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No Legal Duty or Business Reason to Boil the Ocean for eDiscovery Preservation

As an addendum to my previous blog post on the unique eDiscovery and search burdens associated with the de-centralized enterprise, one tactic I have seen attempted by some CIOs to address this daunting challenge is to try to constantly migrate disparate data from around the globe into a central location. Just this past week, I spoke to a CIO that was about to embark on a Quixotic endeavor to centralize hundreds of terabytes of data so that it could be available for search and eDiscovery collection when needed. The CIO strongly believed he had no other choice as traditional information management and electronic discovery tools are not architected and not suited to address large and disparate volumes of data located in hundreds of offices and work sites across the globe that all store information locally. But boiling the ocean through data migration and centralization is extremely expensive, disruptive and frankly unworkable.

Industry analyst Barry Murphy succinctly makes this point:

Centralization runs counter to the realities of the working world where information must be distributed globally across a variety of devices and applications.  The amount of information we create is overwhelming and the velocity with which that information moves increases daily.  To think that an organization can find one system in which to manage all its information is preposterous. At the same time, the FRCPs essentially put the burden on organizations to be accountable for all information, able to conduct eDiscovery on a moment’s notice.  As we’ve seen, the challenge is daunting.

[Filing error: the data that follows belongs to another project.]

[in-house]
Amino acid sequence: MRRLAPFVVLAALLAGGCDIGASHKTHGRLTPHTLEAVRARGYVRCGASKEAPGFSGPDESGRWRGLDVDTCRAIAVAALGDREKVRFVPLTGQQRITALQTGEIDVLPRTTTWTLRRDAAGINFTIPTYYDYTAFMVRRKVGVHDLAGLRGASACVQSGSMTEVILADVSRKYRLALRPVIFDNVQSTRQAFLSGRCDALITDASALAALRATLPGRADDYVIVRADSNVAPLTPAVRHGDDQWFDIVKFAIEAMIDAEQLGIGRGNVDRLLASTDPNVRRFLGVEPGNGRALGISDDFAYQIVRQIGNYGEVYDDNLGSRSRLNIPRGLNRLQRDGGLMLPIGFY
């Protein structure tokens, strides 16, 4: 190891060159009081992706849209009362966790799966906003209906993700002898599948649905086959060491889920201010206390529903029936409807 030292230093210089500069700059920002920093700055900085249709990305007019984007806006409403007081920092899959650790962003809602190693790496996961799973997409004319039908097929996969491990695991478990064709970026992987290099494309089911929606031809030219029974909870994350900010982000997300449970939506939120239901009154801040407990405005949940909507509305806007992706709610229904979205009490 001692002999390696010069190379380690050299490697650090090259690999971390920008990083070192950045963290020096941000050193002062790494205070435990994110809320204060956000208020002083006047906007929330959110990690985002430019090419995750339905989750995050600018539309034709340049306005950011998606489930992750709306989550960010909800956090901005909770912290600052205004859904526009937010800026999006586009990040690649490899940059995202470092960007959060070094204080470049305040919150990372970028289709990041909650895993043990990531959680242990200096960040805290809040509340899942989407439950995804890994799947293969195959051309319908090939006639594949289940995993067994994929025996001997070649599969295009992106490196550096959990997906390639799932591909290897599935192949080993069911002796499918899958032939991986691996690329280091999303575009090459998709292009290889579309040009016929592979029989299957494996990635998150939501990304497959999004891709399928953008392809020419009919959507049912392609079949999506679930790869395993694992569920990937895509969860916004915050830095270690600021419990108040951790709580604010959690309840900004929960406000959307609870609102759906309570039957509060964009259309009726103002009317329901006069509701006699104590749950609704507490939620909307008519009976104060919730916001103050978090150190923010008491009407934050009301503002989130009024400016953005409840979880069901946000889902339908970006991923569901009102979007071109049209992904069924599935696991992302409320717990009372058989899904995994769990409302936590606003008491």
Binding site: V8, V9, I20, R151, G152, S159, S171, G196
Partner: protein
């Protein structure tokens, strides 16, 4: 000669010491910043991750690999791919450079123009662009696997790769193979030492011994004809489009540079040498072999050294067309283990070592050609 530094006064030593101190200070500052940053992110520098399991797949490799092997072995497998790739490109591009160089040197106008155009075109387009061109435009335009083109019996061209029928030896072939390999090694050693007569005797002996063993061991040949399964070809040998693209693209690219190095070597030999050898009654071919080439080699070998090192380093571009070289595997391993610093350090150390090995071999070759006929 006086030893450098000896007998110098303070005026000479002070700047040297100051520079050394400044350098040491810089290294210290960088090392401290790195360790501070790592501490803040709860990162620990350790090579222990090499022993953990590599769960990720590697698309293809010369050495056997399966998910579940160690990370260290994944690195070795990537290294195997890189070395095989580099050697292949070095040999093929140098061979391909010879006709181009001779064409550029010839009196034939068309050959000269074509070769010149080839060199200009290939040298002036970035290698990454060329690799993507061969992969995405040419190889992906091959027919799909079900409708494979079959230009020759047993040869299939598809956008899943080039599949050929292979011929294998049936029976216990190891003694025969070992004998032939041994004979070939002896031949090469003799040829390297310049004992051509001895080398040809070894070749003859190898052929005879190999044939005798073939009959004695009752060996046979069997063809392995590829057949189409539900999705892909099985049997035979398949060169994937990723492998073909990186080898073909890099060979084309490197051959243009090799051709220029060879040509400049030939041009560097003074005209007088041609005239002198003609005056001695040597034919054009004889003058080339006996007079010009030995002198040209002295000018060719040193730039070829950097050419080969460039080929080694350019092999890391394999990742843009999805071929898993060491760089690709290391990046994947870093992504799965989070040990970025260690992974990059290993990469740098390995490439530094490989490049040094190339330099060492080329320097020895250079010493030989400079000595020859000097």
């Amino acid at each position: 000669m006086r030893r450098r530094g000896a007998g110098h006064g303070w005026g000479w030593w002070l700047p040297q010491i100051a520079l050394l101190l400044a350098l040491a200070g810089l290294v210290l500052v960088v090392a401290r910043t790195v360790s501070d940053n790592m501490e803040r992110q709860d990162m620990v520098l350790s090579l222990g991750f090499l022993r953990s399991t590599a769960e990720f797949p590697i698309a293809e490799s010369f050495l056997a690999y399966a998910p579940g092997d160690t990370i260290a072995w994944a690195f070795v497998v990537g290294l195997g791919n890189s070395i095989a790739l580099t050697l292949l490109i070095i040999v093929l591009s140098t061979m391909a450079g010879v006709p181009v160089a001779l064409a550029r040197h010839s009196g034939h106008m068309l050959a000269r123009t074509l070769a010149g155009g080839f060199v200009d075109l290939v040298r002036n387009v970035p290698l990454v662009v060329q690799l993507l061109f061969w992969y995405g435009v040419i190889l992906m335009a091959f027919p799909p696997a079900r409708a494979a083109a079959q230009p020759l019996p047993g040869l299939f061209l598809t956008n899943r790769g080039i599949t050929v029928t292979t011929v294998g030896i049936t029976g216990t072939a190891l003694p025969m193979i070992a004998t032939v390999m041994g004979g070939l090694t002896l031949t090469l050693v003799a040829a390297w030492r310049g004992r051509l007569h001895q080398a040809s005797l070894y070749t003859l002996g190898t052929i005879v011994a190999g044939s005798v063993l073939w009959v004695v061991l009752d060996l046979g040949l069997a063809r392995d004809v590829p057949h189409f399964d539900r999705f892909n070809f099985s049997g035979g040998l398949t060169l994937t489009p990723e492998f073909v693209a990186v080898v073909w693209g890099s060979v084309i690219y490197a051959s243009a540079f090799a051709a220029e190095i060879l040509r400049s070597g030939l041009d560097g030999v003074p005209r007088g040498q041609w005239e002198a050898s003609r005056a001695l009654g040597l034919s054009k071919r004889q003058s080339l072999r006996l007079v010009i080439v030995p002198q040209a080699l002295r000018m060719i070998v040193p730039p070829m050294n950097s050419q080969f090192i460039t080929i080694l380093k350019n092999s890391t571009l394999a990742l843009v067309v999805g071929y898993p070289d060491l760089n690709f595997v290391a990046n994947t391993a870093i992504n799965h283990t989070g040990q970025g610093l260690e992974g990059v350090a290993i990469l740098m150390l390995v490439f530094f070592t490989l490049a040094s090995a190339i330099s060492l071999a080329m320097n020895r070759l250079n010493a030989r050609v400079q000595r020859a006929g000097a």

As I wrote earlier this month, properly targeted preservation initiatives are permitted by the courts and can be enabled by effective software that is able to quickly and effectively access and search these data sources throughout the enterprise.  The value of targeted preservation was recognized in the Committee Notes to the FRCP amendments, which urge the parties to reach agreement on the preservation of data and the keywords used to identify responsive materials. (Citing the Manual for Complex Litigation (MCL) (4th) §40.25 (2)).  And In re Genetically Modified Rice Litigation, 2007 WL 1655757 (June 5, 2007 E.D.Mo.), the court noted that “[p]reservation efforts can become unduly burdensome and unreasonably costly unless those efforts are targeted to those documents reasonably likely to be relevant or lead to the discovery of relevant evidence.”

What is needed to address both eDiscovery and enterprise search challenges for the de-centralized enterprise is a field-deployable search and eDiscovery solution that operates in distributed and virtualized environments on-demand within these distributed global locations where the data resides. This ground breaking capability is what X1 Rapid Discovery provides. Its ability to uniquely deploy and operate in the IaaS cloud also means that the solution can install anywhere within the wide-area network, remotely and on-demand. This enables globally de-centralized enterprises to finally address their overseas data in an efficient, expedient, defensible and highly cost-effective manner.

But I am interested in hearing if anyone has had success with the centralization model. In my 12 years in this business and the 8 years before that as a corporate attorney, I have yet to see an effective or even workable situation where a global enterprise has successfully centralized all of their electronically stored information into a single system consisting of hundreds of terabytes. If you can prove me wrong and point to such a verifiable scenario, I’ll buy you a $100 Starbucks gift certificate or a round of drinks for you and your friends at ILTA next week.  If you want to take the challenge of just meet up at ILTA next week in Washington, feel free to email me.

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Filed under Cloud Data, eDiscovery & Compliance, Enterprise eDiscovery, IaaS, Preservation & Collection